By Jesse Marx
By Chris Parker
By Jake Rossen
By Jesse Marx
By Michelle LeBow
By Alleen Brown
By Maggie LaMaack
By CP Staff
Dick Caldwell hasn't lost his fight. Though he has suffered a heart attack and a brain hemorrhage that left him a paraplegic, the 72-year-old still has a sharp mind. His eyes light up on this recent Saturday afternoon as he thumbs through a stack of newspaper clips. He is a man driven by revenge.
In 1974, Caldwell was a loyal employee of what was then referred to as "the phone company." A former City Hall reporter for the Minneapolis Star, he fell into a job writing speeches for the CEO of Northwestern Bell. Caldwell was nearly 40 at the time, but was soon pulling 80-hour workweeks in the baby Bell's PR department. He relished the job—"Four deadlines a day," Caldwell recalls—and worked hard for less pay on the promise that his retirement benefits would have him well-heeled.
In 1990, after 16 years on the job, Caldwell took an early retirement package. The attractive plan guaranteed health benefits, a solid life insurance policy, and a savings plan heavily staked to the company's continued success. Caldwell, like many, believed it was a safe play, since the phone company had for decades been a blue-chip stock.
Then his retirement portfolio ended up in the hands of Qwest, the local phone service provider that tanked after the dot-com bust in 2001. Caldwell lost, by his estimation, some $100,000. That's why he kept the news clips.
"I figured I could write a book about the rise and fall of the company," Caldwell says. "It might not get my money back, but that way, someone would know the affront that happened to the people who worked for this company."
It's a stretch to remember Northwestern Bell now, but at one point it was the local arm of AT&T—a company that had roots going back to Alexander Graham Bell. In 1899, AT&T took over a series of local phone companies called the Bell System, effectively running 80 percent of the phone service in the country. By the 1980s, AT&T and the Bell System had a million employees, half of them with the baby Bells, which accounted for $80 billion in annual revenues. Northwestern Bell served the Dakotas, Iowa, Nebraska, and Minnesota. Despite the company's size, AT&T and its subsidiaries felt like a family business: Ma Bell was the nickname, after all.
Because the government regulated the company, salaries were humble, but employees were loyal anyway.
"The phone company didn't pay much," recalls Tom Lee, a Hopkins resident who put in 34 years in the public relations department. "But they always told you that the benefits were the best in the world, and they were."
It wouldn't last. In 1984, the federal government broke up AT&T and the baby Bells. Three years later, Northwestern Bell became U S West, a company composed of three baby Bells in 14 states. In 2000, Qwest—a smaller, Denver-based telecom—bought U S West for $43.5 billion. Qwest CEO Joe Nacchio negotiated the hostile takeover, allowing a sleepy local telecom to go global almost overnight.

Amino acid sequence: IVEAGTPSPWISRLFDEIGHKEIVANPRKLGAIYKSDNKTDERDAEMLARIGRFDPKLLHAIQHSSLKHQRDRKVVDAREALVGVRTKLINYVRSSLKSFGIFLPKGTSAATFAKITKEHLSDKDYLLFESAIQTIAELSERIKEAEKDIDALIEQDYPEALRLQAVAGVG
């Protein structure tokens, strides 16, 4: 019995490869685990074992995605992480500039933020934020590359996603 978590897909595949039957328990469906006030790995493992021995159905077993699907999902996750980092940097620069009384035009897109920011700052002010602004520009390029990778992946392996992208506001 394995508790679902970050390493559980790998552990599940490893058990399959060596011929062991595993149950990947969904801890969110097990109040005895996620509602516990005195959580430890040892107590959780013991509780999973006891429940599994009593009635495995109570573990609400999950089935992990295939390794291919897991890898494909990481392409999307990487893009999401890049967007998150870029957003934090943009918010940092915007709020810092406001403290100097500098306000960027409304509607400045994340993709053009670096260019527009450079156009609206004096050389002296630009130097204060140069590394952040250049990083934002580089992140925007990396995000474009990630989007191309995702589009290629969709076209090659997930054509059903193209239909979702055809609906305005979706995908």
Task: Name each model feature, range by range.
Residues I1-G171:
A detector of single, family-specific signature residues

"The whole corporate culture changed," says Dave Cosgrove of Bloomington, who worked at the company for 30 years. "They had no respect for the remaining U S West workers. They didn't even have respect for the notion that it was a phone company."
Hired in 1997, Nacchio, who was once an AT&T executive, turned what had been a stable Ma Bell subsidiary into a volatile global company in the new economy. The tough-talking, Brooklyn-raised son of an Italian immigrant, Nacchio's hard-knuckle business tactics were legendary. He greatly expanded Qwest's reach, trying to take its broadband capabilities global. After the takeover of U S West, Nacchio even started a European branch of Qwest, and continued to show massive profits, at least on paper.
But in the wake of accounting scandals at Enron and WorldCom, Wall Street took a second look at Qwest's finances. Analysts saw that the company was counting one-time revenues repeatedly, artificially inflating the company's bottom line. In the wake of the revelation, the company's stock tumbled from $66 a share in mid-2000 to $1.11 in August 2002. A year later, the company revised its revenue statements from the past two years, evaporating some $2.48 billion in earnings.
Employees who once envisioned posh retirement homes in Florida were now faced with the possibility of rejoining the workforce just to make ends meet.
"At this point, I'd rather not get a grocery-sacking job, but I might have to," says Lee. "Then again, I'm 70 years old, I might be too old."
Even by the standards of the dotcom bust and corporate greed at the turn of the century, Qwest's rise and fall is epic. While Enron, Tyco, and WorldCom's corporate misdeeds captured headlines, Qwest's decline was quieter, but no less unseemly. In March 2005, Nacchio and six other Qwest executives were sued by the U.S. Securities and Exchange Commission, which accused them of $3 billion worth of financial fraud between 1999 and 2002.
In December 2005, Nacchio was indicted in Denver on 42 counts of insider trading. The trial started in U.S. District Court on March 19, with prosecutors arguing that Nacchio had dumped $100.8 million in Qwest stock during the first five months of 2001, knowing that the company's finances were smoke and mirrors. Nacchio's attorneys claimed he was simply following financial forecasts for the company, and had to unload his stock because the options were set to expire.